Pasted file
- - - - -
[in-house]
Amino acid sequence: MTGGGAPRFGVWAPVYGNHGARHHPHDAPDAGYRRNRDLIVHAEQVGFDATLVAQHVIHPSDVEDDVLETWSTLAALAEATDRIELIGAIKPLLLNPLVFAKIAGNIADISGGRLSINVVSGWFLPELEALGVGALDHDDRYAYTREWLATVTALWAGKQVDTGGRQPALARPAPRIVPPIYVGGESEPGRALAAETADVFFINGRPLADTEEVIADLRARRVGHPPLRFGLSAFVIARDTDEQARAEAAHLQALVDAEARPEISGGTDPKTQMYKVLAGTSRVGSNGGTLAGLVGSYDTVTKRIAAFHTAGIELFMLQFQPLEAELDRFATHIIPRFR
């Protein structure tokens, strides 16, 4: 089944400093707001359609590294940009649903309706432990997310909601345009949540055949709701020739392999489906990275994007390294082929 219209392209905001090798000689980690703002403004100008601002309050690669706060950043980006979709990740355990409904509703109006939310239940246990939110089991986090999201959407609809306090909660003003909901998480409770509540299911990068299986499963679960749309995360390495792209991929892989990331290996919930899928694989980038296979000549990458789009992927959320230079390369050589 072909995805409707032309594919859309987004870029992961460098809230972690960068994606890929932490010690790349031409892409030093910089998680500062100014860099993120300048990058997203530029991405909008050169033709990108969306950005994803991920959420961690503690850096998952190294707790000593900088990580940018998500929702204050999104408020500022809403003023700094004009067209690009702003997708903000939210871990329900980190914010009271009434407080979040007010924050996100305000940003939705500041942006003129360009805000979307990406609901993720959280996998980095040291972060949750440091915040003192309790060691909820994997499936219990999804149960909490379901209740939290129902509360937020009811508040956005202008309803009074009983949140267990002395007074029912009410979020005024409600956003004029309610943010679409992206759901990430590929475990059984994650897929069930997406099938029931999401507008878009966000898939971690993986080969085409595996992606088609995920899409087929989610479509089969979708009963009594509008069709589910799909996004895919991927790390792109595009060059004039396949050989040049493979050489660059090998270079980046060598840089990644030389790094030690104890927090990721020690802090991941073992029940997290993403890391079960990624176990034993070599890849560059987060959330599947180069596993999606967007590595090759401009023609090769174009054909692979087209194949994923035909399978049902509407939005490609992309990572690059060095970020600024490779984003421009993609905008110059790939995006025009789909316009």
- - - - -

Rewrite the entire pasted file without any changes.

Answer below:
[in-house]
Amino acid sequence: MTGGGAPRFGVWAPVYGNHGARHHPHDAPDAGYRRNRDLIVHAEQVGFDATLVAQHVIHPSDVEDDVLETWSTLAALAEATDRIELIGAIKPLLLNPLVFAKIAGNIADISGGRLSINVVSGWFLPELEALGVGALDHDDRYAYTREWLATVTALWAGKQVDTGGRQPALARPAPRIVPPIYVGGESEPGRALAAETADVFFINGRPLADTEEVIADLRARRVGHPPLRFGLSAFVIARDTDEQARAEAAHLQALVDAEARPEISGGTDPKTQMYKVLAGTSRVGSNGGTLAGLVGSYDTVTKRIAAFHTAGIELFMLQFQPLEAELDRFATHIIPRFR
């Protein structure tokens, strides 16, 4: 089944400093707001359609590294940009649903309706432990997310909601345009949540055949709701020739392999489906990275994007390294082929 219209392209905001090798000689980690703002403004100008601002309050690669706060950043980006979709990740355990409904509703109006939310239940246990939110089991986090999201959407609809306090909660003003909901998480409770509540299911990068299986499963679960749309995360390495792209991929892989990331290996919930899928694989980038296979000549990458789009992927959320230079390369050589 072909995805409707032309594919859309987004870029992961460098809230972690960068994606890929932490010690790349031409892409030093910089998680500062100014860099993120300048990058997203530029991405909008050169033709990108969306950005994803991920959420961690503690850096998952190294707790000593900088990580940018998500929702204050999104408020500022809403003023700094004009067209690009702003997708903000939210871990329900980190914010009271009434407080979040007010924050996100305000940003939705500041942006003129360009805000979307990406609901993720959280996998980095040291972060949750440091915040003192309790060691909820994997499936219990999804149960909490379901209740939290129902509360937020009811508040956005202008309803009074009983949140267990002395007074029912009410979020005024409600956003004029309610943010679409992206759901990430590929475990059984994650897929069930997406099938029931999401507008878009966000898939971690993986080969085409595996992606088609995920899409087929989610479509089969979708009963009594509008069709589910799909996004895919991927790390792109595009060059004039396949050989040049493979050489660059090998270079980046060598840089990644030389790094030690104890927090990721020690802090991941073992029940997290993403890391079960990624176990034993070599890849560059987060959330599947180069596993999606967007590595090759401009023609090769174009054909692979087209194949994923035909399978049902509407939005490609992309990572690059060095970020600024490779984003421009993609905008110059790939995006025009789909316009």